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How an Estate Administrator is Picked in Oklahoma

Have you ever wondered how an estate administrator is picked in Oklahoma? How about how an executor is chosen? When you decide to make an estate plan, you probably first begin to think about trusts, wills and other estate planning documents. Perhaps you have not thought about how the estate administration aspect of your estate will go? Have you ever looked into how the estate administrator or estate executor are chosen? Learning about these aspects of how your estate is handled might help you to make the best decisions about your estate.

One important distinction when dealing with estate administration is knowing the difference between an estate executor and an estate administrator, following the simple distinction as defined by Oklahoma State University. In Oklahoma, the distinction is very simple. The estate executor is the person who is in charge of executing the will. The estate administrator is a person who will oversee the probate process when there is not a will in place for the decedent.

When an executor or administrator is appointed, there are some guidelines set forth as to who can serve. In both cases, whoever is the person that the court appointed has to be of the age of majority. The person also has to have a sense of understanding, they cannot be considered incompetent for any reason and must not have been convicted of a felony (for executors) or infamous crime (for administrators).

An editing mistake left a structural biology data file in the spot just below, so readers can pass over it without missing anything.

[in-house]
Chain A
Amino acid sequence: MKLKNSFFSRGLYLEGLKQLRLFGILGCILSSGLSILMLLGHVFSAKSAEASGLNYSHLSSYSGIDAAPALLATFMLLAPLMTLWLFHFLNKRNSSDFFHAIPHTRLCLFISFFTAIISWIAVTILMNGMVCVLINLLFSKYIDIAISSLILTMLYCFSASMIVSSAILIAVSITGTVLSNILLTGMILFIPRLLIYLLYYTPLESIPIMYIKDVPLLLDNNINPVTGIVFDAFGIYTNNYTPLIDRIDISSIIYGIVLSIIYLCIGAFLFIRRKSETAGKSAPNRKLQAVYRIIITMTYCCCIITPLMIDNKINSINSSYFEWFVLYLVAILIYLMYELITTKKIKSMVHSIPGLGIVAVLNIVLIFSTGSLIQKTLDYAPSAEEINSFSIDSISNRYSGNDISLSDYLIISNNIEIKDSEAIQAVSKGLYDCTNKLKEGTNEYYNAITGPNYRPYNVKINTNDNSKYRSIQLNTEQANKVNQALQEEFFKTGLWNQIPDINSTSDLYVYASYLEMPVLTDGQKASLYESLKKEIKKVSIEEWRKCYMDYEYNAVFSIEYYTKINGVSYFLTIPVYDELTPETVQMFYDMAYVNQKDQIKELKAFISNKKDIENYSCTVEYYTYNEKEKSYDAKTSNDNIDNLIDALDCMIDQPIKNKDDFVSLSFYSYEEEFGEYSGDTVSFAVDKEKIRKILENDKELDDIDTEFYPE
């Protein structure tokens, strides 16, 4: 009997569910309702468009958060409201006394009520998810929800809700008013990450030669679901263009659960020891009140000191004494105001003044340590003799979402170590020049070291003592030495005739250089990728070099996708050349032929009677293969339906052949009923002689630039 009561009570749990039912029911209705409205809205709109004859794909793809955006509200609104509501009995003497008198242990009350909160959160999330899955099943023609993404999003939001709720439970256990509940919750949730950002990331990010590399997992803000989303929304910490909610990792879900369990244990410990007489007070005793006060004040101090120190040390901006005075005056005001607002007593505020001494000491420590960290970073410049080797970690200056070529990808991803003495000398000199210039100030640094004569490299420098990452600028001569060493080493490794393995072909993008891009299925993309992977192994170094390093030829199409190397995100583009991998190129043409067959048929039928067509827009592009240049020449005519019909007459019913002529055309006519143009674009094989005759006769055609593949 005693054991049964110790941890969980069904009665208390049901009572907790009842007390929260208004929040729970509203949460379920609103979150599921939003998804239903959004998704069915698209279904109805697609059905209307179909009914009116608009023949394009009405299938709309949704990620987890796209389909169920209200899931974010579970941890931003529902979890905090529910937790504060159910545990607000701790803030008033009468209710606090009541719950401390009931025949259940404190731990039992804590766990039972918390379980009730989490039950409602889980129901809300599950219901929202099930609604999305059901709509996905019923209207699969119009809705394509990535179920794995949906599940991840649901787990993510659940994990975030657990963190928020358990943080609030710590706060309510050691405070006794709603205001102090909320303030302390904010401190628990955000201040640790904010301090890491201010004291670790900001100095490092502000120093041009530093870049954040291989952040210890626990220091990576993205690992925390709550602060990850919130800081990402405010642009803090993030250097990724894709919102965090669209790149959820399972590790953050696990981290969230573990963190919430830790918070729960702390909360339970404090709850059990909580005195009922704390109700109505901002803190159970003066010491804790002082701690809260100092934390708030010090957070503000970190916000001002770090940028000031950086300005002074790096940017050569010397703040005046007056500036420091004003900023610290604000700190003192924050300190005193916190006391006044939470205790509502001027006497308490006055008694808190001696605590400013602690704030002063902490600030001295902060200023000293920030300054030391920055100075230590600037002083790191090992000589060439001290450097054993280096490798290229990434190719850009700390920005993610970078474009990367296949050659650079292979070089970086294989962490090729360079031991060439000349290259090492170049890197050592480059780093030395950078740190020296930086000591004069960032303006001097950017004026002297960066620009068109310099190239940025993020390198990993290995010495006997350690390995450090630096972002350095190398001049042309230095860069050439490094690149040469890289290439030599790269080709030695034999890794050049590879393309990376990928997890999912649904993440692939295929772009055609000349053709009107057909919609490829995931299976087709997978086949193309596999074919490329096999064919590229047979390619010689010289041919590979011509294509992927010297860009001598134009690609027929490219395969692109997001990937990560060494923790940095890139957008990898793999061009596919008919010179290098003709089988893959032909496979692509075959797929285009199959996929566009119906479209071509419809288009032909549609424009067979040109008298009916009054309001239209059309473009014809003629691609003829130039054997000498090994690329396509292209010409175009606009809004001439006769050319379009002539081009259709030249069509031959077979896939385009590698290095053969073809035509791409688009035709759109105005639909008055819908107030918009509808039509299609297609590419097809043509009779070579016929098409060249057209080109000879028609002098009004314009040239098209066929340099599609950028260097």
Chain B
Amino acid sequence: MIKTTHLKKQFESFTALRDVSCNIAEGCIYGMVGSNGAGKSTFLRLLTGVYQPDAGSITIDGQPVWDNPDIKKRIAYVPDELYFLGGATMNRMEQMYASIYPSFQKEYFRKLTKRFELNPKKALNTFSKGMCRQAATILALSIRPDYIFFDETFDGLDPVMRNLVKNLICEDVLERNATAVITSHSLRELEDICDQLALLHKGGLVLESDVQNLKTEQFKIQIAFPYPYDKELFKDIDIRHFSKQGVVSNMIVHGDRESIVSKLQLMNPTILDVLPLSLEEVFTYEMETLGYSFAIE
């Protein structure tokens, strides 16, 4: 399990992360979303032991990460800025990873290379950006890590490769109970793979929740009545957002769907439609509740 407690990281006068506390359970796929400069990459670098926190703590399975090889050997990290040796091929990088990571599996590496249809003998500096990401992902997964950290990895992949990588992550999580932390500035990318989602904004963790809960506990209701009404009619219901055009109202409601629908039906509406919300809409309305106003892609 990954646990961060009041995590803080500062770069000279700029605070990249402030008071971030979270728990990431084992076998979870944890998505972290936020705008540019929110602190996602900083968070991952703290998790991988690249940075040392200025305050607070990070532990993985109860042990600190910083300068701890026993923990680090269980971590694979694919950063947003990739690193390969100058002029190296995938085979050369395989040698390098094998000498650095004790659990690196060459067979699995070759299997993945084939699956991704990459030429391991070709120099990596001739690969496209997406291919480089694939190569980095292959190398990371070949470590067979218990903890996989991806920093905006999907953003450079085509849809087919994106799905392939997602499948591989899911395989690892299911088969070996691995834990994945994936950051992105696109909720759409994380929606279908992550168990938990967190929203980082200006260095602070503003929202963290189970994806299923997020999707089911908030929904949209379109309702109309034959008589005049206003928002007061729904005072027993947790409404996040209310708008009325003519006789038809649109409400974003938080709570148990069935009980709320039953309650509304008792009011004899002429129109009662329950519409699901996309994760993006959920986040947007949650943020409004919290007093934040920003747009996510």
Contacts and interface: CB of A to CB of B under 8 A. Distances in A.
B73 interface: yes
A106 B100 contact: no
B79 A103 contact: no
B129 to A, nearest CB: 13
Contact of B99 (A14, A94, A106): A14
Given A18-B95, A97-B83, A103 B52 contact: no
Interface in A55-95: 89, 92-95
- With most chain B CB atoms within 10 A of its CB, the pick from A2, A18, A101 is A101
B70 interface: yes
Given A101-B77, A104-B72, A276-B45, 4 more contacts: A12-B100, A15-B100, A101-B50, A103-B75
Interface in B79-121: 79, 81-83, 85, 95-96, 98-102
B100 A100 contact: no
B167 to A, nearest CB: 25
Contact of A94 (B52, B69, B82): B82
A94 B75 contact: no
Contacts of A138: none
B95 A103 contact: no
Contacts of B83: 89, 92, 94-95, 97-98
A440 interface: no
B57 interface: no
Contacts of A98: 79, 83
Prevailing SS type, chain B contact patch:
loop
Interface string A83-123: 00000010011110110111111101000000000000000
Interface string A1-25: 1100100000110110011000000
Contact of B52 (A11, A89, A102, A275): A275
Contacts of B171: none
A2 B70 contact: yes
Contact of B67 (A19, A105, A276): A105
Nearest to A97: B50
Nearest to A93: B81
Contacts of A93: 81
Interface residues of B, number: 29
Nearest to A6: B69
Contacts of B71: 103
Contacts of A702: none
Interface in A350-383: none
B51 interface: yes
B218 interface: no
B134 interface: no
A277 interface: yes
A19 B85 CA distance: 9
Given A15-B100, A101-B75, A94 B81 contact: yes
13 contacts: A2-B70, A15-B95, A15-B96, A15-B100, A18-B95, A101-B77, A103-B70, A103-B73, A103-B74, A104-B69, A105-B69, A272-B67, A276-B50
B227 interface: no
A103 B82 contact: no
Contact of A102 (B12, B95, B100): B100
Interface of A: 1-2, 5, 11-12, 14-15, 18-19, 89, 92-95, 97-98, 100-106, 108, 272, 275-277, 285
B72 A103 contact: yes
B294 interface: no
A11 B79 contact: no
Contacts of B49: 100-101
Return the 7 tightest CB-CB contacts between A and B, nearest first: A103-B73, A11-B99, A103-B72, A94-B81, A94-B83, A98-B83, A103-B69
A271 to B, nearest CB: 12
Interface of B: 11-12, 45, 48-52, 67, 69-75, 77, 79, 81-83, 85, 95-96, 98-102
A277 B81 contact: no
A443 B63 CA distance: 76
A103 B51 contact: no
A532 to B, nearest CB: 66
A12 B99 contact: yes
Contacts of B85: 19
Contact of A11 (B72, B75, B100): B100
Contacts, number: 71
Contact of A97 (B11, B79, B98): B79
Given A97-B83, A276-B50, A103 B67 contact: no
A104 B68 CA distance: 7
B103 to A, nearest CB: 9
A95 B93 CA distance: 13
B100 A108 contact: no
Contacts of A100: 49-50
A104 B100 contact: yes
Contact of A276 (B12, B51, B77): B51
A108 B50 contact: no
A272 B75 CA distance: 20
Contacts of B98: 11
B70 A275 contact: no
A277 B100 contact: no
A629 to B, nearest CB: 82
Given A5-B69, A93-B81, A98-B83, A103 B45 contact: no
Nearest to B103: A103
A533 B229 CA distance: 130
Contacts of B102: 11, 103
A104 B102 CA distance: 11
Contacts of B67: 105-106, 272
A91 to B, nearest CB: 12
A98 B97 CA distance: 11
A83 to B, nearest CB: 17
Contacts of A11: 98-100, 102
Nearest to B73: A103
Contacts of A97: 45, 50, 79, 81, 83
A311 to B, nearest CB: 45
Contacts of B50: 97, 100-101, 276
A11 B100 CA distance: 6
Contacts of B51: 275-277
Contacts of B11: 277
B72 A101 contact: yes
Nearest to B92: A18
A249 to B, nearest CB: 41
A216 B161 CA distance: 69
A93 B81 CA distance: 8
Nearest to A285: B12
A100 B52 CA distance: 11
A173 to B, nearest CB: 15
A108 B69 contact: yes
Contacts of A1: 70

Once an administrator is named, there is an order of propriety that Oklahoma follows. The order is the surviving spouse, surviving children, surviving parent, surviving sibling, surviving grandchildren, surviving next of kin, creditors and finally anyone else. If more than one person is contained in the level of survivorship of the administrator type necessary for an estate, one or multiple people might be appointed by the court.

In the case of an estate that has a will, the estate executor is usually someone who is named in the will. The person named must accept the appointment to the position. It is a paid position that pays according to the will. If there is no stipulation in the will for how the executor is to be paid, then the executor is paid according to the state law of Oklahoma.